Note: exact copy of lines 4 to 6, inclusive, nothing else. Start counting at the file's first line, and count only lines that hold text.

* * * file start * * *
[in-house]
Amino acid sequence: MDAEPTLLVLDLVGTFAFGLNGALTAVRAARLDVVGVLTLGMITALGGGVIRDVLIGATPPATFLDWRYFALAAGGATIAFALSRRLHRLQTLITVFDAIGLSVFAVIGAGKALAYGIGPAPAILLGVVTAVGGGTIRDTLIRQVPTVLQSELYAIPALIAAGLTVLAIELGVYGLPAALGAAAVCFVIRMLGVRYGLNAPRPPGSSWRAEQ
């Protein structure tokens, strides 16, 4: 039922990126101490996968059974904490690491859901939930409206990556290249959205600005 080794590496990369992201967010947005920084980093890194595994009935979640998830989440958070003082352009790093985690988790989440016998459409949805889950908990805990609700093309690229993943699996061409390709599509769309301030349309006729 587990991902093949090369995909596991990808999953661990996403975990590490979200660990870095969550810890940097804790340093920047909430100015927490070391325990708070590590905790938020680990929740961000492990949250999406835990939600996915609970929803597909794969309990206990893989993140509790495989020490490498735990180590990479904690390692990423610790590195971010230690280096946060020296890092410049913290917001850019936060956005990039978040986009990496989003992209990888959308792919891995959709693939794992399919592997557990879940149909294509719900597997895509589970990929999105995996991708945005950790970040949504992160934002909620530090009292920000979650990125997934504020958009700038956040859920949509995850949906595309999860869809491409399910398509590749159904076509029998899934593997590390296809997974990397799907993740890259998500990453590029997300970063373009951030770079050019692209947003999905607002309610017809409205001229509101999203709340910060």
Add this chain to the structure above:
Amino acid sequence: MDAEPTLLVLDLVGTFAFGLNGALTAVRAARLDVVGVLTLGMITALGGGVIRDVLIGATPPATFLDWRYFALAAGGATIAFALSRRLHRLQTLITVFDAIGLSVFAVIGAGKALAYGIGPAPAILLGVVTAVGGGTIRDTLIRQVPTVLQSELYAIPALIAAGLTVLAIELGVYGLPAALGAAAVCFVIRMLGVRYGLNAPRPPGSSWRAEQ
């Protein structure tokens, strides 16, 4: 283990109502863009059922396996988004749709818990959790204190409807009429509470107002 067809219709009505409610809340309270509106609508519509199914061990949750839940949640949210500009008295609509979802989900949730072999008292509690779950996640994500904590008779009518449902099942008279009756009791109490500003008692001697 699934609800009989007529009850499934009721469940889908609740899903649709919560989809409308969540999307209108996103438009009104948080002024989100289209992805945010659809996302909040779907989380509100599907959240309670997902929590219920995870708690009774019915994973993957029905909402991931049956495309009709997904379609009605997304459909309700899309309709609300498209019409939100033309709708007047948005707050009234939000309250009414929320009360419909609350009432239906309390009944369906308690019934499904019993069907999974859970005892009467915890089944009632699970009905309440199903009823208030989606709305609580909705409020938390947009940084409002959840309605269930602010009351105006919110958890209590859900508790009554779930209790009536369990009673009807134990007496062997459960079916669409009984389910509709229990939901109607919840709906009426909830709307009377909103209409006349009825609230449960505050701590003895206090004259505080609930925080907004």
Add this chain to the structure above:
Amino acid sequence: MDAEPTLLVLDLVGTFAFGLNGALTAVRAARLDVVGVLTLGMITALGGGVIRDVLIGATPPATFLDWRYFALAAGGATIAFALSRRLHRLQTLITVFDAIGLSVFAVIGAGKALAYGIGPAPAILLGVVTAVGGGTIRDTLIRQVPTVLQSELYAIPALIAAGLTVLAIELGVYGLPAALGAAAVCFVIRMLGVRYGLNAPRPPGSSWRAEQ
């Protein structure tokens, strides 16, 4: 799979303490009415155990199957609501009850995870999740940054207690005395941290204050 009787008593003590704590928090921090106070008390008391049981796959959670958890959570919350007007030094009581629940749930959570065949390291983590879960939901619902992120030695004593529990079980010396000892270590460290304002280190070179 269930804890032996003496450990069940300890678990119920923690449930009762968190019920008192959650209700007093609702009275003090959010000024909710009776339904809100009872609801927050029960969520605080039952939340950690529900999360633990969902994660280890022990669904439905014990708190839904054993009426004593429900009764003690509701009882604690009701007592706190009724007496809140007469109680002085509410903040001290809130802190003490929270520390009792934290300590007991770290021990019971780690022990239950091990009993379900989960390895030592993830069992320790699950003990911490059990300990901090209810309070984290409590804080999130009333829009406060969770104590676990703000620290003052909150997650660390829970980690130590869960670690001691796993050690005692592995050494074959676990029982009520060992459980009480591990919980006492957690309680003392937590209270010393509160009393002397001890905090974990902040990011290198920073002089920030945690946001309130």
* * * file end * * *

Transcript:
Add this chain to the structure above:
Amino acid sequence: MDAEPTLLVLDLVGTFAFGLNGALTAVRAARLDVVGVLTLGMITALGGGVIRDVLIGATPPATFLDWRYFALAAGGATIAFALSRRLHRLQTLITVFDAIGLSVFAVIGAGKALAYGIGPAPAILLGVVTAVGGGTIRDTLIRQVPTVLQSELYAIPALIAAGLTVLAIELGVYGLPAALGAAAVCFVIRMLGVRYGLNAPRPPGSSWRAEQ
């Protein structure tokens, strides 16, 4: 283990109502863009059922396996988004749709818990959790204190409807009429509470107002 067809219709009505409610809340309270509106609508519509199914061990949750839940949640949210500009008295609509979802989900949730072999008292509690779950996640994500904590008779009518449902099942008279009756009791109490500003008692001697 699934609800009989007529009850499934009721469940889908609740899903649709919560989809409308969540999307209108996103438009009104948080002024989100289209992805945010659809996302909040779907989380509100599907959240309670997902929590219920995870708690009774019915994973993957029905909402991931049956495309009709997904379609009605997304459909309700899309309709609300498209019409939100033309709708007047948005707050009234939000309250009414929320009360419909609350009432239906309390009944369906308690019934499904019993069907999974859970005892009467915890089944009632699970009905309440199903009823208030989606709305609580909705409020938390947009940084409002959840309605269930602010009351105006919110958890209590859900508790009554779930209790009536369990009673009807134990007496062997459960079916669409009984389910509709229990939901109607919840709906009426909830709307009377909103209409006349009825609230449960505050701590003895206090004259505080609930925080907004």